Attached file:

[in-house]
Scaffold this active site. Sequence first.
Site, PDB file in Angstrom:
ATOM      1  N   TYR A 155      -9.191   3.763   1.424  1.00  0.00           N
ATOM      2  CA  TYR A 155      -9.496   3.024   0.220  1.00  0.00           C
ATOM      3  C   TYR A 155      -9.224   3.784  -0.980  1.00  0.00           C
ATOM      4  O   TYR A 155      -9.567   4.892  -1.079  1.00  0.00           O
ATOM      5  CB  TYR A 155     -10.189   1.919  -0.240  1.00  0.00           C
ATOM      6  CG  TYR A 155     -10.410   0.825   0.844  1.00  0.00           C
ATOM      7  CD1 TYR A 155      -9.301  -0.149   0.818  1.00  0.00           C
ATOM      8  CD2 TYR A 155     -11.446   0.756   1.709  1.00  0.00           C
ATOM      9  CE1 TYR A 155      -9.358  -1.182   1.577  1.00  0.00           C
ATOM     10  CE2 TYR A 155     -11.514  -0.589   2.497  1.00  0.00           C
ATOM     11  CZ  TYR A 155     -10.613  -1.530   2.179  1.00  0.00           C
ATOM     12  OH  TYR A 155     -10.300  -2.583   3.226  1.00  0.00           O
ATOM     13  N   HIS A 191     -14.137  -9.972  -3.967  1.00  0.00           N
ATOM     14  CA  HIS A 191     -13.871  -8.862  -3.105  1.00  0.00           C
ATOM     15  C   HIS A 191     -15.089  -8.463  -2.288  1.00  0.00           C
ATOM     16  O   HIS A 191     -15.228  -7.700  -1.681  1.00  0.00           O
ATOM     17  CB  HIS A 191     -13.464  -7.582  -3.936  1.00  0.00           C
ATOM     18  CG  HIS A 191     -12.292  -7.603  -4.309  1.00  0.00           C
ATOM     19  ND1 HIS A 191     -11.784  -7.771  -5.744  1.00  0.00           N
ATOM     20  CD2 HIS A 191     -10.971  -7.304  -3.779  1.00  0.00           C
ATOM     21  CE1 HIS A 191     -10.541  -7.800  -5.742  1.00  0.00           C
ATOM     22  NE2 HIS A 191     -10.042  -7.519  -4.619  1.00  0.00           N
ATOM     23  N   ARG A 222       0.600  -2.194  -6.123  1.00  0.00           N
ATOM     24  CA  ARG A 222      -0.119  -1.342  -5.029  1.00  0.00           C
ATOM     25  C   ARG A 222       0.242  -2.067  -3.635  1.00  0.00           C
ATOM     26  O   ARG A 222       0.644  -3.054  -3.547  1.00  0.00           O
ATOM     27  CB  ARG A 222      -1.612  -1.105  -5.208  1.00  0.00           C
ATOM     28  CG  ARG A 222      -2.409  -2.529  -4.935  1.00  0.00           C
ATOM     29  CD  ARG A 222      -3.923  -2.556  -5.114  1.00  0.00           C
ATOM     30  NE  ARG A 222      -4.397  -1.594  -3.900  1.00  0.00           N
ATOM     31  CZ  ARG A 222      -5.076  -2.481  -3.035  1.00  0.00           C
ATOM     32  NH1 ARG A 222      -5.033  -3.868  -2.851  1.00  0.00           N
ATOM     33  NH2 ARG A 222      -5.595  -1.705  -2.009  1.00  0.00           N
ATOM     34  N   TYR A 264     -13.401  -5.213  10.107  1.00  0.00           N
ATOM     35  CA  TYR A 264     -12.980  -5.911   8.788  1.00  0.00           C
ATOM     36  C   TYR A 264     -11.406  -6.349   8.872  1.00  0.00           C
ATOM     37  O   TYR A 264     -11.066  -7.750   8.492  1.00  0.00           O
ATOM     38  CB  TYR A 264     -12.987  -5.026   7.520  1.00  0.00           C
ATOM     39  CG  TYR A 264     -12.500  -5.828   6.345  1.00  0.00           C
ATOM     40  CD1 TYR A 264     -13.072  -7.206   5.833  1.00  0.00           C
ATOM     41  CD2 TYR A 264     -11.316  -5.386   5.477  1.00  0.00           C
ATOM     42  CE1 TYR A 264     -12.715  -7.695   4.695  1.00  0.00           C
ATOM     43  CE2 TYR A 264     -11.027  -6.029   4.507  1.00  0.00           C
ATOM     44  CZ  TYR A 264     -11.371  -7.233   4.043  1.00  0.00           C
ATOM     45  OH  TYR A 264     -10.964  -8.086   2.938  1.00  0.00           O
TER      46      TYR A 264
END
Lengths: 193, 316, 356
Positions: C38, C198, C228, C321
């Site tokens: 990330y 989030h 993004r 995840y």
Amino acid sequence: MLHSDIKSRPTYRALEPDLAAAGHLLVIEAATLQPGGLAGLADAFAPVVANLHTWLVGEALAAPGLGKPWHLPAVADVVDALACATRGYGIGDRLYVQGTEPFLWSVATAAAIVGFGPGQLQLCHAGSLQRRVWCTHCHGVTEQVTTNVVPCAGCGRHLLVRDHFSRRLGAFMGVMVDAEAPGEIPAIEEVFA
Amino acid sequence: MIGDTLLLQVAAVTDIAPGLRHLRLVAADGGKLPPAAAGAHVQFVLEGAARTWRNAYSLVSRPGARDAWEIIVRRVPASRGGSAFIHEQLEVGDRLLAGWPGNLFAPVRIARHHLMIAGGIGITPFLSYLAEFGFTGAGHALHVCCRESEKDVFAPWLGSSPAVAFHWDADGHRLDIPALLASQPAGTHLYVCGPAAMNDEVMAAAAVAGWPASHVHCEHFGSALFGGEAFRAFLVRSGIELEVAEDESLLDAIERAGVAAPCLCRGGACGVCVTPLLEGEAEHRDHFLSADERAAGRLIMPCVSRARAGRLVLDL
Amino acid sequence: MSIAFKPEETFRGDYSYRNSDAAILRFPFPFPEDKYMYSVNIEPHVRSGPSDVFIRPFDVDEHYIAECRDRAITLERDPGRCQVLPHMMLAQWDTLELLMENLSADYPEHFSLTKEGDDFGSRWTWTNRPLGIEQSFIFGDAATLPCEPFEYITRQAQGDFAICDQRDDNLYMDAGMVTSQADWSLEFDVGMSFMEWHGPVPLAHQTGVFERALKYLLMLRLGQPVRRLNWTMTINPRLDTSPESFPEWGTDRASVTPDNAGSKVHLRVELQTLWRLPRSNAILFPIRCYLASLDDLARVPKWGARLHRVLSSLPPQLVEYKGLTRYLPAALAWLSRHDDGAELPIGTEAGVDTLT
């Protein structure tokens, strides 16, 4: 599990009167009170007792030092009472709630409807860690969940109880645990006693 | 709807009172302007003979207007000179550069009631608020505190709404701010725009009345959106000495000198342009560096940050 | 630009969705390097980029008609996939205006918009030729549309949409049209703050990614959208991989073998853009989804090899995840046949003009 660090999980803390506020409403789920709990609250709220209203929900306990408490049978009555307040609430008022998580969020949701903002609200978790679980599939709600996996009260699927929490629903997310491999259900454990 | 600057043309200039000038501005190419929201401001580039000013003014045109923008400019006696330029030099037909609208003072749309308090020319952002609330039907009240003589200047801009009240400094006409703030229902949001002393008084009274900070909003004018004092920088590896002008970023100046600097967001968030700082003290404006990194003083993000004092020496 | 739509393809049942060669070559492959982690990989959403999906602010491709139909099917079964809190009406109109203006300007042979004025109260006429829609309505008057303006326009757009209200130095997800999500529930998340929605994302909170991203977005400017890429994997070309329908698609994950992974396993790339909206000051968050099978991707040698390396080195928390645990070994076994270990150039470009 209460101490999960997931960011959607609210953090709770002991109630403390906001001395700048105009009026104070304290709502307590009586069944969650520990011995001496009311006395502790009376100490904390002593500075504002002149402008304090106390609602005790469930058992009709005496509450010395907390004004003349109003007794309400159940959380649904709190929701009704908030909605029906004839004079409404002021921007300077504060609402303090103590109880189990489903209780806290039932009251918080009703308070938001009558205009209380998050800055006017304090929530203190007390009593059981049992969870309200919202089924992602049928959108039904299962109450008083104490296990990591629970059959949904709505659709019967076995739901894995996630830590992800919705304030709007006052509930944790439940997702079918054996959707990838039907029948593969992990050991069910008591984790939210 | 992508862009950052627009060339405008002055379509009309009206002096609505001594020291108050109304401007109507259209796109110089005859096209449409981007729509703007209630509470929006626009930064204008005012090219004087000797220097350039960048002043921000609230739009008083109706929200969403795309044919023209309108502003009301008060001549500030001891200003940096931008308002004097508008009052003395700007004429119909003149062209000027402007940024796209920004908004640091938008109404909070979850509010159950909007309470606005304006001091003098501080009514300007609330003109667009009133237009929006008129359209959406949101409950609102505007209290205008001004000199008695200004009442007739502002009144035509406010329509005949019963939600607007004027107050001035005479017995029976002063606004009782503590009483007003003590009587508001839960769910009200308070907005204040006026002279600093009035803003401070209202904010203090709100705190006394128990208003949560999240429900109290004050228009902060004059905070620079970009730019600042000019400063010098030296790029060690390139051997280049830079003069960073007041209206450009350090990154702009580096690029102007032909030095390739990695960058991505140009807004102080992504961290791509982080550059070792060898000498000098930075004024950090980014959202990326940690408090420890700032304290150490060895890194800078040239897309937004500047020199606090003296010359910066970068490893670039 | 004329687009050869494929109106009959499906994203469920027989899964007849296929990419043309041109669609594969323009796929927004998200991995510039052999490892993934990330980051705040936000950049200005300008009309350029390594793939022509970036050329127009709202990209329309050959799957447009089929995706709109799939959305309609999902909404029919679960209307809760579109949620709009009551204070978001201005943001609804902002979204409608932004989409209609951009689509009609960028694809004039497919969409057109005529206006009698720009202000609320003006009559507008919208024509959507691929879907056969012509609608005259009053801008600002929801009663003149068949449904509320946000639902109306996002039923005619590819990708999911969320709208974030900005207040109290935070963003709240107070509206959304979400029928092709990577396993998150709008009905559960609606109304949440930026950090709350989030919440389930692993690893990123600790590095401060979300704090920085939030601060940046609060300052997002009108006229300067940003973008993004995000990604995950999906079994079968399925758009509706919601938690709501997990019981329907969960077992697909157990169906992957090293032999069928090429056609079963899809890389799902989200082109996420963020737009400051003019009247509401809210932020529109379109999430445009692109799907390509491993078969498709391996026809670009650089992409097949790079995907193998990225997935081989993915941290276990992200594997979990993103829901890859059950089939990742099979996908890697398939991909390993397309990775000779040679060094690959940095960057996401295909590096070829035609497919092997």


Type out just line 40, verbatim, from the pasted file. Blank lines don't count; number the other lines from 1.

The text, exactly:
ATOM     37  O   TYR A 264     -11.066  -7.750   8.492  1.00  0.00           O